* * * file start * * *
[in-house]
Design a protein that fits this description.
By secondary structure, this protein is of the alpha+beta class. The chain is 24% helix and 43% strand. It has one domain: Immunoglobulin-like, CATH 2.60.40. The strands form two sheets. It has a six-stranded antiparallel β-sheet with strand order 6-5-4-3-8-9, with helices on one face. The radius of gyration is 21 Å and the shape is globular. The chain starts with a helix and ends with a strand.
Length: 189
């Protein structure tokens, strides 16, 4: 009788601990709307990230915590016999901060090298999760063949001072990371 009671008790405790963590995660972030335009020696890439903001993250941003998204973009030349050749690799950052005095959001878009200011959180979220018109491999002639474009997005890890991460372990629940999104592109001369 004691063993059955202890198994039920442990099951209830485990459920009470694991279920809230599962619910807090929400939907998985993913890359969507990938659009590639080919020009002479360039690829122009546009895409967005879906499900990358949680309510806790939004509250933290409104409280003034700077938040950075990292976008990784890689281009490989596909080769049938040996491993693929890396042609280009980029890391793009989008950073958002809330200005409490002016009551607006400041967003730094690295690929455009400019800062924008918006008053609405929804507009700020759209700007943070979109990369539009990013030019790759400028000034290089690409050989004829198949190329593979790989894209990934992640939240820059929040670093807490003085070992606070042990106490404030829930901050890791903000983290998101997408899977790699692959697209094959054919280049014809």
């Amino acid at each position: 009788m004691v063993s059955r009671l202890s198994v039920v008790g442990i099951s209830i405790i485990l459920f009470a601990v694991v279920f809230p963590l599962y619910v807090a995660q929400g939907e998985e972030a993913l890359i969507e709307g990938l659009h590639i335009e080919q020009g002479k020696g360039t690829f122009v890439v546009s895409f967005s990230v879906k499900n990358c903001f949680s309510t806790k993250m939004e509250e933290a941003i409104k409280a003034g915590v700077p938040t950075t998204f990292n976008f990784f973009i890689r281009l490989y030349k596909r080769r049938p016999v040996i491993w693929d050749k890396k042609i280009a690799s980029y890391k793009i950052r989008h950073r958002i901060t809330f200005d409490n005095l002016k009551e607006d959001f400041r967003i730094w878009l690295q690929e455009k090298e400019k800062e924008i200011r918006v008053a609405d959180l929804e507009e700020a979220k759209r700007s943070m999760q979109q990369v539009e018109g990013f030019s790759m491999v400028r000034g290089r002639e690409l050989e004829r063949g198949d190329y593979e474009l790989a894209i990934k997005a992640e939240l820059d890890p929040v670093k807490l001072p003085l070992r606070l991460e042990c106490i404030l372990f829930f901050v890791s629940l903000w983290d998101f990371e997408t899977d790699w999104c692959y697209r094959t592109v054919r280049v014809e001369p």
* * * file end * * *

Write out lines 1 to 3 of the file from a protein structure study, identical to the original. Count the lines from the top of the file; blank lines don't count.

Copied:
[in-house]
Design a protein that fits this description.
By secondary structure, this protein is of the alpha+beta class. The chain is 24% helix and 43% strand. It has one domain: Immunoglobulin-like, CATH 2.60.40. The strands form two sheets. It has a six-stranded antiparallel β-sheet with strand order 6-5-4-3-8-9, with helices on one face. The radius of gyration is 21 Å and the shape is globular. The chain starts with a helix and ends with a strand.